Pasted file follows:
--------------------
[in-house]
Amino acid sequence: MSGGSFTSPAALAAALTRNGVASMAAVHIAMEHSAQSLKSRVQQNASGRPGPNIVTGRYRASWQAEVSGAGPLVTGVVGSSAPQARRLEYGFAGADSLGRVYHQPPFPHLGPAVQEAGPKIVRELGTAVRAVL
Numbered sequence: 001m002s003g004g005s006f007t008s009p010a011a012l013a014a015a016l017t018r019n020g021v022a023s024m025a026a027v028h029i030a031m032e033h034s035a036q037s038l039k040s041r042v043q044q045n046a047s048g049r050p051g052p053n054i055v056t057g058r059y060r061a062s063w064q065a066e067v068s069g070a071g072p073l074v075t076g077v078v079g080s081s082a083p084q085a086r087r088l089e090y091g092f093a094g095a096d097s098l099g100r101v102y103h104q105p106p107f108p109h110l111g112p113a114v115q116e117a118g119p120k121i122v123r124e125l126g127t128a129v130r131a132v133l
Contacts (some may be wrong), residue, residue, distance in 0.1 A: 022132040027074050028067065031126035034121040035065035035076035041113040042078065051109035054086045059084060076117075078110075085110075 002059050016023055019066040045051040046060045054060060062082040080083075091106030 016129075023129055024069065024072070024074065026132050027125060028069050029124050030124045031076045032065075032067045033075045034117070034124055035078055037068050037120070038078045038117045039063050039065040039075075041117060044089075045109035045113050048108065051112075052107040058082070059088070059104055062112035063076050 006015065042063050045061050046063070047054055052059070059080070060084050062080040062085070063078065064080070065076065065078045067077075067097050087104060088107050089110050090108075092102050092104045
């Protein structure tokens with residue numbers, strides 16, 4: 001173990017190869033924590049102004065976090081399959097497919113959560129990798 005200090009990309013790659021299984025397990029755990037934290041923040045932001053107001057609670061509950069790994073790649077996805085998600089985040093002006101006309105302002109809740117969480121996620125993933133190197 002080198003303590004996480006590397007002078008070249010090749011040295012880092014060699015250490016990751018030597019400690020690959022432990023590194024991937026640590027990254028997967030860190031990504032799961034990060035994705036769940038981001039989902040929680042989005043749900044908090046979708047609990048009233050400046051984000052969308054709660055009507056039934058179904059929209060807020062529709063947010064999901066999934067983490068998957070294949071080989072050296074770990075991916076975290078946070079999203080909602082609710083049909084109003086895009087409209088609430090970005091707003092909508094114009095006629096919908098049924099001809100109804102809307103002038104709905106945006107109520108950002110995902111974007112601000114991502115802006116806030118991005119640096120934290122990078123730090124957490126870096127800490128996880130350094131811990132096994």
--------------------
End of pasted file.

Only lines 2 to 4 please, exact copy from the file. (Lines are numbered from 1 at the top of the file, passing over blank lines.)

Amino acid sequence: MSGGSFTSPAALAAALTRNGVASMAAVHIAMEHSAQSLKSRVQQNASGRPGPNIVTGRYRASWQAEVSGAGPLVTGVVGSSAPQARRLEYGFAGADSLGRVYHQPPFPHLGPAVQEAGPKIVRELGTAVRAVL
Numbered sequence: 001m002s003g004g005s006f007t008s009p010a011a012l013a014a015a016l017t018r019n020g021v022a023s024m025a026a027v028h029i030a031m032e033h034s035a036q037s038l039k040s041r042v043q044q045n046a047s048g049r050p051g052p053n054i055v056t057g058r059y060r061a062s063w064q065a066e067v068s069g070a071g072p073l074v075t076g077v078v079g080s081s082a083p084q085a086r087r088l089e090y091g092f093a094g095a096d097s098l099g100r101v102y103h104q105p106p107f108p109h110l111g112p113a114v115q116e117a118g119p120k121i122v123r124e125l126g127t128a129v130r131a132v133l
Contacts (some may be wrong), residue, residue, distance in 0.1 A: 022132040027074050028067065031126035034121040035065035035076035041113040042078065051109035054086045059084060076117075078110075085110075 002059050016023055019066040045051040046060045054060060062082040080083075091106030 016129075023129055024069065024072070024074065026132050027125060028069050029124050030124045031076045032065075032067045033075045034117070034124055035078055037068050037120070038078045038117045039063050039065040039075075041117060044089075045109035045113050048108065051112075052107040058082070059088070059104055062112035063076050 006015065042063050045061050046063070047054055052059070059080070060084050062080040062085070063078065064080070065076065065078045067077075067097050087104060088107050089110050090108075092102050092104045